The turbulent market spells tough times ahead for ordinary Chicago homeowners who hope to sell, because their home values are also being beaten down by the rash of foreclosures and short sales (particularly in neighborhoods with lots of distressed homes.) Even in affluent areas, many owners who bought their homes within the last five years are now facing the gloomy scenario of either owing more than their home is worth, or not being able to sell for enough money to cover their closing costs as well as their loan.
Buyers, too, face new hurdles involving these distressed properties — especially if they want to buy a condo. Lenders have strict requirements these days for condo loans, and many of the distressed condos that look like good deals may in fact be impossible to finance through a mortgage, because the condo building itself is financially unstable. Others may be short sales that will never close (most short sales don’t), sliding instead into foreclosure.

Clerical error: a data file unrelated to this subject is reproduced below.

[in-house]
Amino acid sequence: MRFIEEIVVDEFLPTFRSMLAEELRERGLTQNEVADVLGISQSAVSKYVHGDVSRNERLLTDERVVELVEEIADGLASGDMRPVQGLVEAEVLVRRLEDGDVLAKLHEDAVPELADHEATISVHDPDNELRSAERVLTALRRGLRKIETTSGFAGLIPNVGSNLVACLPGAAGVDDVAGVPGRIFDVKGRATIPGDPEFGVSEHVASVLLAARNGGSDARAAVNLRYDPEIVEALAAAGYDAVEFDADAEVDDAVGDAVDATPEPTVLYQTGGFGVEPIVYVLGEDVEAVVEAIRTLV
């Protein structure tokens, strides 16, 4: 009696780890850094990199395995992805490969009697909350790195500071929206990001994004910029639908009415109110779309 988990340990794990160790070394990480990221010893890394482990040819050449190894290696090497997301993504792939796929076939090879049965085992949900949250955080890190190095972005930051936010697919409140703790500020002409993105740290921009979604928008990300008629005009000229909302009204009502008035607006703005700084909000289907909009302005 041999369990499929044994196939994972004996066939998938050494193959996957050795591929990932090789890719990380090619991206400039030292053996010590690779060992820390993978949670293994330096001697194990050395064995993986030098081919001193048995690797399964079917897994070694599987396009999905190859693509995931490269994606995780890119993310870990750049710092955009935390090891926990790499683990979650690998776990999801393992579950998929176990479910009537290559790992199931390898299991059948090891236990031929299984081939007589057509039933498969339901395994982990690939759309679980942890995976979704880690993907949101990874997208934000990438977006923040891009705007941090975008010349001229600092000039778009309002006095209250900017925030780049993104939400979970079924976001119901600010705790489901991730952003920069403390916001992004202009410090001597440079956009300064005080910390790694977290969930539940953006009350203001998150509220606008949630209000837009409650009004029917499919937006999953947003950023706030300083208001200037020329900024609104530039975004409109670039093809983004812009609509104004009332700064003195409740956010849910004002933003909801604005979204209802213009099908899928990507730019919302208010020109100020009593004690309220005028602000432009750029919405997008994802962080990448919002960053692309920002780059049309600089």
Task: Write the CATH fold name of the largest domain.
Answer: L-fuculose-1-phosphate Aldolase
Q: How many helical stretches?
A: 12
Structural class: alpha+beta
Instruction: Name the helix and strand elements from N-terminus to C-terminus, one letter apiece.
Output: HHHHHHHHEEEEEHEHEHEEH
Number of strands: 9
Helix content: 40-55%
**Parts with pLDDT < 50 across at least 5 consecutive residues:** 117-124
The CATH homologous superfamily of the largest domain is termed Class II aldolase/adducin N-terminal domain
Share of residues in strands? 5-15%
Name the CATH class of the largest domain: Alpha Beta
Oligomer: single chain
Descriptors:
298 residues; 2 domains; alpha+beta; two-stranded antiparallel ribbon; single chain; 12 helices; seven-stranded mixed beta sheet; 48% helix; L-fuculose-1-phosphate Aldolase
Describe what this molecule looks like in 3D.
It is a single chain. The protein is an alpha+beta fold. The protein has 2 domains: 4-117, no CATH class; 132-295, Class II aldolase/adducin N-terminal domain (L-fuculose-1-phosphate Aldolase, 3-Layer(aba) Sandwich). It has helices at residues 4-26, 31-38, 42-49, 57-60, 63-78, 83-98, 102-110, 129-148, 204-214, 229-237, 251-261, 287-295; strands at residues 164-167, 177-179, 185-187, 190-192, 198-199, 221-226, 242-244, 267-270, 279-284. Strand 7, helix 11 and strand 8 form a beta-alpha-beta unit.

The pain is spreading. We’ve already seen developers resort to condo auctions downtown to finally rid themselves of unsold units, but now the fallout from Chicago’s condo implosion is spreading north to the Gold Coast.
The developer who converted a 391-unit apartment building at 1400 N. Lake Shore Drive into condos in 2006 just announced an April 25 auction to sell off 30 of the 80 remaining units. “People are going to get a great deal,” Robert Mosky, president of RDM Development & Investment LLC, told Crain’s Chicago Business. “It’s going to help out the building.”
Help out the building? Mosky said that bidding for studios — that once sold for $140,000 to $160,000 — will now begin at $50,000. One-bedroom condos will start at $90,000, a devastating reduction from the original prices of $250,000 to $270,000. This may be an attractive deal for new buyers who value the location, but these fire sale prices will hardly help out the rest of the building’s owners, many of whom are likely now underwater on their mortgages.